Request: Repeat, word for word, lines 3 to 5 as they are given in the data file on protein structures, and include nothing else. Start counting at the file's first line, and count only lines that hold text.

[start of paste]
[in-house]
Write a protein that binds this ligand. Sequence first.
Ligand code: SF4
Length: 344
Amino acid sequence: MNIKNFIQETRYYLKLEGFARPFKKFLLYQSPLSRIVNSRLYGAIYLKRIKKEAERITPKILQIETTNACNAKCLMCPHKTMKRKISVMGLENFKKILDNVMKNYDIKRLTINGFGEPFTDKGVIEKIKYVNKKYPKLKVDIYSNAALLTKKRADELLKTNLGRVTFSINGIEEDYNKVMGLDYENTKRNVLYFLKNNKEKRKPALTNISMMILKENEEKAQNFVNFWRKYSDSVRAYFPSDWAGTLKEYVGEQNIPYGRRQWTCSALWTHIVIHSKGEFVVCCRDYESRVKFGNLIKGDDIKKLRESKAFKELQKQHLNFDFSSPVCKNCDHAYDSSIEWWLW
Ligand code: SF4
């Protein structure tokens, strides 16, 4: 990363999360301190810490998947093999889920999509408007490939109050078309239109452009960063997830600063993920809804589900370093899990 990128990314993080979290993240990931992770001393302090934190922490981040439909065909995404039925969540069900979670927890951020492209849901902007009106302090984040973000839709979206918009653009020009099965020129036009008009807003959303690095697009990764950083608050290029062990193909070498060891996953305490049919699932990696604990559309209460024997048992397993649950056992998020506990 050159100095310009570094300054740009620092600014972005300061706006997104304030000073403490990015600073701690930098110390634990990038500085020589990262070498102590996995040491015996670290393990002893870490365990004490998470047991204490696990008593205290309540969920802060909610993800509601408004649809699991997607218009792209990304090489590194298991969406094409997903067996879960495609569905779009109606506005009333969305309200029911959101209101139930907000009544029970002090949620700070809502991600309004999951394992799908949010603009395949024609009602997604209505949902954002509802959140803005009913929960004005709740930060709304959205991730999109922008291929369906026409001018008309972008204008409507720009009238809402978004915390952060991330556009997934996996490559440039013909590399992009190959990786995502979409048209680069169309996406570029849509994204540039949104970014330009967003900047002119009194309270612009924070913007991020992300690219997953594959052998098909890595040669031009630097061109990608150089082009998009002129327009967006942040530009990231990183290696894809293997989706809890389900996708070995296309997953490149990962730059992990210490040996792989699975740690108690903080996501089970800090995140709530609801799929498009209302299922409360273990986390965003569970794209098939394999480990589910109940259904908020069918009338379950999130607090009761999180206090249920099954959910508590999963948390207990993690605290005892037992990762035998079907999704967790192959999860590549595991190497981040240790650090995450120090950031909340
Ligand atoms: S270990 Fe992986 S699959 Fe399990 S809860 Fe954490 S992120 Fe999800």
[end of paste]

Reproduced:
Ligand code: SF4
Length: 344
Amino acid sequence: MNIKNFIQETRYYLKLEGFARPFKKFLLYQSPLSRIVNSRLYGAIYLKRIKKEAERITPKILQIETTNACNAKCLMCPHKTMKRKISVMGLENFKKILDNVMKNYDIKRLTINGFGEPFTDKGVIEKIKYVNKKYPKLKVDIYSNAALLTKKRADELLKTNLGRVTFSINGIEEDYNKVMGLDYENTKRNVLYFLKNNKEKRKPALTNISMMILKENEEKAQNFVNFWRKYSDSVRAYFPSDWAGTLKEYVGEQNIPYGRRQWTCSALWTHIVIHSKGEFVVCCRDYESRVKFGNLIKGDDIKKLRESKAFKELQKQHLNFDFSSPVCKNCDHAYDSSIEWWLW